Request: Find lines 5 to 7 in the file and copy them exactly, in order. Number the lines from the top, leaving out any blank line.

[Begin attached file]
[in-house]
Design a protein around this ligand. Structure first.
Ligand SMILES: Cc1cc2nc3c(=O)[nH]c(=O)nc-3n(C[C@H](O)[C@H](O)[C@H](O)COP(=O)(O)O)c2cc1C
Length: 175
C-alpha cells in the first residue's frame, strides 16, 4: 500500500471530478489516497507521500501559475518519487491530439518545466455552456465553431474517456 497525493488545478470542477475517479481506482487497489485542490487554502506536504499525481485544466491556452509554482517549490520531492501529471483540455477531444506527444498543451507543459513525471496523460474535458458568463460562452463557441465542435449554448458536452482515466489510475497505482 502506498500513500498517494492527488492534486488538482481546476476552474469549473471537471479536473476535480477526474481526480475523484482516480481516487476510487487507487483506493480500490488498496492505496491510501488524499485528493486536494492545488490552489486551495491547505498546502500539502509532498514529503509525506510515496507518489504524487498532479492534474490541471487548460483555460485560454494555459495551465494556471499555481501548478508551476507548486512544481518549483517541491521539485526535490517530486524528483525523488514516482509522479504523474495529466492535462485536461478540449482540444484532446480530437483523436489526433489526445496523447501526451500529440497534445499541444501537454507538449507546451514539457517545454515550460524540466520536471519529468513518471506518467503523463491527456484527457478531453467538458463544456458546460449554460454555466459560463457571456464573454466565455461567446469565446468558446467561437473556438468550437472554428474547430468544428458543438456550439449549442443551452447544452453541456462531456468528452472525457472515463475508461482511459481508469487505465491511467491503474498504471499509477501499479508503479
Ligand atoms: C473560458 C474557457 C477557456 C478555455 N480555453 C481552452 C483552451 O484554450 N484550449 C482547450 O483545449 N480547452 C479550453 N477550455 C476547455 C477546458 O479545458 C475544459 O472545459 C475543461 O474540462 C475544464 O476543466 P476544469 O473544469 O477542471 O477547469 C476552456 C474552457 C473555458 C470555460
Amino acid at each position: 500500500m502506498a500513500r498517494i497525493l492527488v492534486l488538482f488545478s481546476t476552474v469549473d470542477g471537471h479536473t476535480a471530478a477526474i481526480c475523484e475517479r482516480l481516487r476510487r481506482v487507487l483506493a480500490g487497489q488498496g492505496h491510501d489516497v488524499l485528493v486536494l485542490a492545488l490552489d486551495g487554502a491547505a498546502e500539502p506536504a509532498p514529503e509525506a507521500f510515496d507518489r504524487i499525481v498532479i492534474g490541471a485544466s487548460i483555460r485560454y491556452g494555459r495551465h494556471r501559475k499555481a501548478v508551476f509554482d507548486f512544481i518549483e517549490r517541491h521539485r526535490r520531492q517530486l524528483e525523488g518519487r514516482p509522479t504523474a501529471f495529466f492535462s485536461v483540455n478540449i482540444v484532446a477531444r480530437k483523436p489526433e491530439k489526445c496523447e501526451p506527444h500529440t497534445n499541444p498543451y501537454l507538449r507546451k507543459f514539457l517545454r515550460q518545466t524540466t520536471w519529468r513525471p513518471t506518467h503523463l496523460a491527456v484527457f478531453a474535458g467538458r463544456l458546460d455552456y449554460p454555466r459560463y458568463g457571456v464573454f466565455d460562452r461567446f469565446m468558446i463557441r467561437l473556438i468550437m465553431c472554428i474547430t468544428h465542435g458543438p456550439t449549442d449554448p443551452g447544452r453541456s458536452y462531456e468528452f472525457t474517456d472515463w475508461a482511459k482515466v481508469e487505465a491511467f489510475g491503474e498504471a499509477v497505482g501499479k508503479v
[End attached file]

C-alpha cells in the first residue's frame, strides 16, 4: 500500500471530478489516497507521500501559475518519487491530439518545466455552456465553431474517456 497525493488545478470542477475517479481506482487497489485542490487554502506536504499525481485544466491556452509554482517549490520531492501529471483540455477531444506527444498543451507543459513525471496523460474535458458568463460562452463557441465542435449554448458536452482515466489510475497505482 502506498500513500498517494492527488492534486488538482481546476476552474469549473471537471479536473476535480477526474481526480475523484482516480481516487476510487487507487483506493480500490488498496492505496491510501488524499485528493486536494492545488490552489486551495491547505498546502500539502509532498514529503509525506510515496507518489504524487498532479492534474490541471487548460483555460485560454494555459495551465494556471499555481501548478508551476507548486512544481518549483517541491521539485526535490517530486524528483525523488514516482509522479504523474495529466492535462485536461478540449482540444484532446480530437483523436489526433489526445496523447501526451500529440497534445499541444501537454507538449507546451514539457517545454515550460524540466520536471519529468513518471506518467503523463491527456484527457478531453467538458463544456458546460449554460454555466459560463457571456464573454466565455461567446469565446468558446467561437473556438468550437472554428474547430468544428458543438456550439449549442443551452447544452453541456462531456468528452472525457472515463475508461482511459481508469487505465491511467491503474498504471499509477501499479508503479
Ligand atoms: C473560458 C474557457 C477557456 C478555455 N480555453 C481552452 C483552451 O484554450 N484550449 C482547450 O483545449 N480547452 C479550453 N477550455 C476547455 C477546458 O479545458 C475544459 O472545459 C475543461 O474540462 C475544464 O476543466 P476544469 O473544469 O477542471 O477547469 C476552456 C474552457 C473555458 C470555460
Amino acid at each position: 500500500m502506498a500513500r498517494i497525493l492527488v492534486l488538482f488545478s481546476t476552474v469549473d470542477g471537471h479536473t476535480a471530478a477526474i481526480c475523484e475517479r482516480l481516487r476510487r481506482v487507487l483506493a480500490g487497489q488498496g492505496h491510501d489516497v488524499l485528493v486536494l485542490a492545488l490552489d486551495g487554502a491547505a498546502e500539502p506536504a509532498p514529503e509525506a507521500f510515496d507518489r504524487i499525481v498532479i492534474g490541471a485544466s487548460i483555460r485560454y491556452g494555459r495551465h494556471r501559475k499555481a501548478v508551476f509554482d507548486f512544481i518549483e517549490r517541491h521539485r526535490r520531492q517530486l524528483e525523488g518519487r514516482p509522479t504523474a501529471f495529466f492535462s485536461v483540455n478540449i482540444v484532446a477531444r480530437k483523436p489526433e491530439k489526445c496523447e501526451p506527444h500529440t497534445n499541444p498543451y501537454l507538449r507546451k507543459f514539457l517545454r515550460q518545466t524540466t520536471w519529468r513525471p513518471t506518467h503523463l496523460a491527456v484527457f478531453a474535458g467538458r463544456l458546460d455552456y449554460p454555466r459560463y458568463g457571456v464573454f466565455d460562452r461567446f469565446m468558446i463557441r467561437l473556438i468550437m465553431c472554428i474547430t468544428h465542435g458543438p456550439t449549442d449554448p443551452g447544452r453541456s458536452y462531456e468528452f472525457t474517456d472515463w475508461a482511459k482515466v481508469e487505465a491511467f489510475g491503474e498504471a499509477v497505482g501499479k508503479v